A nurse can't explain the absence of a medical reading which she claims showed normal blood sugar levels in a critically ill woman, an inquest has heard.
Heather Bills, 64, died at Middlemore Hospital on January 2, 2013, six weeks after she suffered burns to 35 per cent of her body in an explosive house fire.
It was later discovered that she suffered a suspicious and massive hypoglycaemia-related cerebral injury, due to a high volume of insulin being "introduced to her body from the outside".
Police suspected three hospital staff members of potentially injecting Bills with the fatal dose.
The case remains open.
Registered nurse Harmeet Sokhi was Bills' primary nurse during a 7pm to 7am shift on Boxing Day, 2012.
Late that day Bills' health began to deteriorate rapidly from a then-unknown cause.
Sokhi has spent today giving evidence at a coroner's inquest in the Auckland District Court to determine the source of the insulin.
However, her evidence directly contradicts the testimony of health care assistant Sharon Connors, who was Bills' watch from 7pm to 11pm on Boxing Day, 2012.
Connors "seemed oblivious" to the situation, Sokhi said.
Sokhi later entered Bills' room just after 11pm, after heath care assistant Nirmala Salim raised the alarm, concerned over the grandma's rising heart rate.
Bills' heart rate had reached 145 beats per minute.
Her condition became critical after midnight as emergency doctors were eventually called to diagnose the decline.
During this time Sokhi said she conducted a blood sugar test with a glucometer, without the direction of a doctor.
She told the court she performed the test at about 1.40am because Bills "seemed like she had a low blood sugar" based on her symptoms.
However, according to Sokhi, the test came back normal but she couldn't specifically recall notifying the medical team.
Dr Lit Son Yoong previously told the inquest that he recalled asking for Bills' blood sugar levels and was told it was "fine".
"I recall a staff nurse said that blood sugar was 5 or 6, one of those two numbers ... We therefore concluded that she was not suffering a hypoglycaemic episode or a hypotensive," he said.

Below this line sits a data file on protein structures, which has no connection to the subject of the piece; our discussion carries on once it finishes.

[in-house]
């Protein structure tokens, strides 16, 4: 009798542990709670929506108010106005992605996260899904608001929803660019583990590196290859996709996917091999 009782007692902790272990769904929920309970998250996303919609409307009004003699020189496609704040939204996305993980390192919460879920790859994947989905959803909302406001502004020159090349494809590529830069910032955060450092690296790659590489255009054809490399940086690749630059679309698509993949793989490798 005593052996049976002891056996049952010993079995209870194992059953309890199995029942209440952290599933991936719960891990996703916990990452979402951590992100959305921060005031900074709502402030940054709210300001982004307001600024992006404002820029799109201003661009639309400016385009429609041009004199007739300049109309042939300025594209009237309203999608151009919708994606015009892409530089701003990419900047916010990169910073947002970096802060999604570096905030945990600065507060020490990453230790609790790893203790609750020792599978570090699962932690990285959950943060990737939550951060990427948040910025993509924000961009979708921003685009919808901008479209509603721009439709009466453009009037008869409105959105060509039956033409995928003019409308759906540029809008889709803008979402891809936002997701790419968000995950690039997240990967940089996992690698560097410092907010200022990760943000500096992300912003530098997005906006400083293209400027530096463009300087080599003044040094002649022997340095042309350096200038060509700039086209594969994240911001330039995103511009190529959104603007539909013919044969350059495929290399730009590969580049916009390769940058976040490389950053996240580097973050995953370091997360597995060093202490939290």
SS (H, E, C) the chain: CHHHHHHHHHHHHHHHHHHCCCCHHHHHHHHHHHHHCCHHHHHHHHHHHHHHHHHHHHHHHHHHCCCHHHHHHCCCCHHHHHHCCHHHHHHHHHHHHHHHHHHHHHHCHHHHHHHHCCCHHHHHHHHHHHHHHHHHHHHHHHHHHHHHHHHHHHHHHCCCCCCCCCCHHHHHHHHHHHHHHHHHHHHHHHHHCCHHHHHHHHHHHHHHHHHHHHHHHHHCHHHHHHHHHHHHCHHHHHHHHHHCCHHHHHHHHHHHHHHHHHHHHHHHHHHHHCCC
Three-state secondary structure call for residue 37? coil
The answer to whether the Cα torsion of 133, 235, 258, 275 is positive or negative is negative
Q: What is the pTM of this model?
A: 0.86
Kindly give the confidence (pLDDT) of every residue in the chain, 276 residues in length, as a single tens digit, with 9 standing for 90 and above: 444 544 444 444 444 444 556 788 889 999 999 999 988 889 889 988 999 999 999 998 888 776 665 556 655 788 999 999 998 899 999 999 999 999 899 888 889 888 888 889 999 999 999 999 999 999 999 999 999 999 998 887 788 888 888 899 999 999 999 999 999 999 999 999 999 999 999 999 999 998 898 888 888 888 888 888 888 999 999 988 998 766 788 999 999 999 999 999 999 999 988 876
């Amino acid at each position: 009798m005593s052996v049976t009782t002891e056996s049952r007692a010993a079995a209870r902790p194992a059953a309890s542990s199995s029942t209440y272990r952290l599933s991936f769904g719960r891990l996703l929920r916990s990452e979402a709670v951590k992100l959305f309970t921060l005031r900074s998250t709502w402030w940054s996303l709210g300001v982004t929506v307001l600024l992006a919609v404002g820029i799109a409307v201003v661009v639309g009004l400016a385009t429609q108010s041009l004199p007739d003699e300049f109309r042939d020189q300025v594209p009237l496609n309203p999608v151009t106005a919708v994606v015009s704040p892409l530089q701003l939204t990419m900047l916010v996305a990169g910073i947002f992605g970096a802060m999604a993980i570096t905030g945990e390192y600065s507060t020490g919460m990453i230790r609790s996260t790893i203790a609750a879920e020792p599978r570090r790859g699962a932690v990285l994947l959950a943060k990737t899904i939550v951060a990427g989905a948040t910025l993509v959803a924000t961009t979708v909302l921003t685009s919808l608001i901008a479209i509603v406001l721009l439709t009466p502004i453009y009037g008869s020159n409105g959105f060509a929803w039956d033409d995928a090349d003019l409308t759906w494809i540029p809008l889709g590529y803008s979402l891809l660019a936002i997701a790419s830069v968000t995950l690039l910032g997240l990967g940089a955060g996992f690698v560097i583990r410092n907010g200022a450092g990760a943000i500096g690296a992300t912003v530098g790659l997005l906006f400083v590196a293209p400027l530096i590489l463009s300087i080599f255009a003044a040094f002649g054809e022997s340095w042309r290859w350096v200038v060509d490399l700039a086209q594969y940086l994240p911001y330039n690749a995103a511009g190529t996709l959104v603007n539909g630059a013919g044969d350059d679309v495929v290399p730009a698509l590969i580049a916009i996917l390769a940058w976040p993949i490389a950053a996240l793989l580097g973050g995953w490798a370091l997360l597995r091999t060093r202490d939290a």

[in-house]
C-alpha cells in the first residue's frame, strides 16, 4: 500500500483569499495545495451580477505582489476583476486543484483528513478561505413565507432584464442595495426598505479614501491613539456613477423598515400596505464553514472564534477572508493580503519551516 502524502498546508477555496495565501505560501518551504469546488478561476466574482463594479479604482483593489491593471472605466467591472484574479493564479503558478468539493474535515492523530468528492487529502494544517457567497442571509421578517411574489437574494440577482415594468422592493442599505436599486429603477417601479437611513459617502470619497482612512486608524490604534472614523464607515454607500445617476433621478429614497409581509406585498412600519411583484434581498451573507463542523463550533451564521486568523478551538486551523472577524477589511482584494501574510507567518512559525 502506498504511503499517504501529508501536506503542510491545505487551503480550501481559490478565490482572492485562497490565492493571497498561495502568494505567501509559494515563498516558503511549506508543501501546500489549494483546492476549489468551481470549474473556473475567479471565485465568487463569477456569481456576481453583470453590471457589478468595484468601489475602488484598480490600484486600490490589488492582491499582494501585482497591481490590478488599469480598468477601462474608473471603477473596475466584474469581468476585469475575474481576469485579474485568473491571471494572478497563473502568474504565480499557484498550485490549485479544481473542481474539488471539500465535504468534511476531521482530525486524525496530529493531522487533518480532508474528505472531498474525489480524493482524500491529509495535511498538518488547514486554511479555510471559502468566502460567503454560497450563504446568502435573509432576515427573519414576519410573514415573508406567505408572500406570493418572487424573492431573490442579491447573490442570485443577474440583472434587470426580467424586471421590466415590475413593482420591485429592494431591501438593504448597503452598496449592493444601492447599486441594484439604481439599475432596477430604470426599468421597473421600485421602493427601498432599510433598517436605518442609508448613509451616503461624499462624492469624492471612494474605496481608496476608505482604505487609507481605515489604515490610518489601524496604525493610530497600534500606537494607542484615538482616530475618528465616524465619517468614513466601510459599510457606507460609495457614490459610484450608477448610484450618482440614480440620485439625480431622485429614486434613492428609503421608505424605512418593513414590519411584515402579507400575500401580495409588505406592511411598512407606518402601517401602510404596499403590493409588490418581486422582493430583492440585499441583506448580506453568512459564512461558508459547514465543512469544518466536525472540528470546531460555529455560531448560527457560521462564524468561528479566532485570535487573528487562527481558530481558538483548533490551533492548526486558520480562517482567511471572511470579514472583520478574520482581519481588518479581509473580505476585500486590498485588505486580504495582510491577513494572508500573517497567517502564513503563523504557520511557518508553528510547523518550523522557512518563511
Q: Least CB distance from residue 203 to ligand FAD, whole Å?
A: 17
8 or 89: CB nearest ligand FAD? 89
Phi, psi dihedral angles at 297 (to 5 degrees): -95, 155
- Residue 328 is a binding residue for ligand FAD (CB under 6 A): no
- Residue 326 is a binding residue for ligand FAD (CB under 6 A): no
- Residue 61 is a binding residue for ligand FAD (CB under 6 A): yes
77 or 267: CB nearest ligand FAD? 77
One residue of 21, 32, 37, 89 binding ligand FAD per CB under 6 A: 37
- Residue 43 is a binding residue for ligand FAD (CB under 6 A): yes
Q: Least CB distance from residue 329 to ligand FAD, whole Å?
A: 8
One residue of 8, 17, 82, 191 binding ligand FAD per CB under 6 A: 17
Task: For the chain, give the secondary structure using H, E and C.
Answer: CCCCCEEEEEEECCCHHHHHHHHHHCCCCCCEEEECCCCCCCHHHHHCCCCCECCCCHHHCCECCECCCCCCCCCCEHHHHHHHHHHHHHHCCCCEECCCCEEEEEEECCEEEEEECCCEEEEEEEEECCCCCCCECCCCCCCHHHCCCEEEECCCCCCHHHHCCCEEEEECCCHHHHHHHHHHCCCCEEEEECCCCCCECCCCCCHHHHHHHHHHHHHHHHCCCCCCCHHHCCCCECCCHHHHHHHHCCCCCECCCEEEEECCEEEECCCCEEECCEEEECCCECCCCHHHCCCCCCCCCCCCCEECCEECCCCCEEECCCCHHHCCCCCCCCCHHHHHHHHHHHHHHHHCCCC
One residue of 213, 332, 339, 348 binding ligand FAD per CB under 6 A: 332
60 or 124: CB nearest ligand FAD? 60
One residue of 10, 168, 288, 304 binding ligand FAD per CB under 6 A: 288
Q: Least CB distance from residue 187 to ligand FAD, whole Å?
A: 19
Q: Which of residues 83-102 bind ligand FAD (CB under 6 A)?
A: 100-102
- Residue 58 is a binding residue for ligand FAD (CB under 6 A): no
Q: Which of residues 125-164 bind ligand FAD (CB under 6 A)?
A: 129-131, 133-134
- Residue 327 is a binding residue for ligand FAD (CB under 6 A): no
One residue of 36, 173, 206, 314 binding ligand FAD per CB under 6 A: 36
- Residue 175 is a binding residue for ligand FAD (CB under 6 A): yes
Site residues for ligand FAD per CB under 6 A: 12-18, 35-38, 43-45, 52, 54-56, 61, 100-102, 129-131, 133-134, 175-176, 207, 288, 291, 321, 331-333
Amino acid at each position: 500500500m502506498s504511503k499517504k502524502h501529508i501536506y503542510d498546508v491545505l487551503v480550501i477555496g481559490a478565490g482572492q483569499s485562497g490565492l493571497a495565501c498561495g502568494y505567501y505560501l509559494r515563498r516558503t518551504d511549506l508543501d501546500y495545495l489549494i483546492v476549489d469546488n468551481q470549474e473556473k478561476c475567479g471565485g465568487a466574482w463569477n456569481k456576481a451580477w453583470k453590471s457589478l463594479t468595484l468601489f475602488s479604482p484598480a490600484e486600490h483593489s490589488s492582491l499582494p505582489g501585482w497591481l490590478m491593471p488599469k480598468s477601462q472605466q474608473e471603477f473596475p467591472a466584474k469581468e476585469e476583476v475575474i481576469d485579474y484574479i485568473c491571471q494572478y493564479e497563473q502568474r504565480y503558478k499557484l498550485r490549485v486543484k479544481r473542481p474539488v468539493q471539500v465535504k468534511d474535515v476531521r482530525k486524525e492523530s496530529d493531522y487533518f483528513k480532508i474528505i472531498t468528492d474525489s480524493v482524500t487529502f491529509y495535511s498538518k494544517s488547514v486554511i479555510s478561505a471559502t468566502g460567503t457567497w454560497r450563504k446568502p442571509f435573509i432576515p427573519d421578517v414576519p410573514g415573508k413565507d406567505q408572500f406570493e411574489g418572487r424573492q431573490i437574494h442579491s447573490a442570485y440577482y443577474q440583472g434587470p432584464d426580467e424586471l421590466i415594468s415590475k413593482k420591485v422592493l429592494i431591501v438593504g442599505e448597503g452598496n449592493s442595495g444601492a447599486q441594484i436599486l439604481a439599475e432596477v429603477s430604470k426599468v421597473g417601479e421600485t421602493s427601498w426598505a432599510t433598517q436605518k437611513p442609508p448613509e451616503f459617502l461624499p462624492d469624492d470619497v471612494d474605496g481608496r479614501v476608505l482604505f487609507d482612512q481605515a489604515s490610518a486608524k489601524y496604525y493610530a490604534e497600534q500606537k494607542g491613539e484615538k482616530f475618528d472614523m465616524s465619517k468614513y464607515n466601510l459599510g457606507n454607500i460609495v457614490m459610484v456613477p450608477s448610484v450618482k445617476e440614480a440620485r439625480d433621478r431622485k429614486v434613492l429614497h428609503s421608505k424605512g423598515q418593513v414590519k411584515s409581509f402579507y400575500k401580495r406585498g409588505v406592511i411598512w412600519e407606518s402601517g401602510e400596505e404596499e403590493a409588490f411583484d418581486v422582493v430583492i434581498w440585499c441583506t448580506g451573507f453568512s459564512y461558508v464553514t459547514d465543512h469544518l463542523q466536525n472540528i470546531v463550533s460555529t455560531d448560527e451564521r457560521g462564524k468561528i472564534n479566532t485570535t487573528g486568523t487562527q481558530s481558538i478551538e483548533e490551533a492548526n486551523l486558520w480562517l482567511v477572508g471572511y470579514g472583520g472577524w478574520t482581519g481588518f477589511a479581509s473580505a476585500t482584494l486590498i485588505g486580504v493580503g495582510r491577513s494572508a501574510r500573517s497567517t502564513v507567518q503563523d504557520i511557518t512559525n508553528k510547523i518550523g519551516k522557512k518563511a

Blood tests were also conducted by the team at about the same time.
"It was just a nursing assessment that I was doing. It wasn't something that anybody needs to be alerted [to]," Sokhi said when cross-examined by Bills' daughter Michelle Maher over the glucometer test.
"It perplexes me, Ms Sokhi," Maher said, continuing to question Sokhi about the glucometer reading of 6.4 mmol/L, well within the normal range of four to 11.
However, when Bills' blood tests came back it showed a clear discrepancy to Sokhi's bedside test and indicated the blood sugar levels were critically low and the reason for the sharp drop in health.
Sokhi said she only learned of the inconsistency between the tests "way down the track".
But, the court has heard Sokhi was informed just hours later.
"You were made aware of that on the same shift, on that same night," Maher said to Sokhi.
"I cannot explain what - what I'm trying to say is I cannot recall having this conversation," the nurse replied.
Maher then asked Sokhi what her immediate reaction was to low blood sugar being found to be the cause of decline.
"What did you do?" Maher asked,
"You're asking me how did I feel?" Sokhi replied.
"No, what was your response?" Maher said.
"I would've been surprised to hear that," Sokhi said.
An emotional Maher said the glucometer reading was the "one thing that could prove that [Sokhi] acted appropriately" and that notifying doctors "could have saved her [mum's] life".
However, there is no material record of Sokhi's glucometer reading.
Despite the glucometers being able to show the results of the more than 400 most recent readings, none displayed Sokhi's 6.4 reading at 1.40am, police and DHB investigations found.
The court heard that the blood glucose reading may have been an error.
"Could be several reasons," Sokhi said, adding the error may have been because Bills' hand or finger was not cleaned properly.
The nurse said an accurate reading could've saved Bills' life.
"I'm sorry," Sokhi said.
Maher asked the nurse if she was aware of the use of insulin around the world to assist is "mercy killings".
"No," replied Sokhi.
"Did you inject my mum?" Maher continued.
She was given a warning by chief coroner Judge Deborah Marshall - and the line of questioning was objected to by Sokhi's counsel, Karen Rose.
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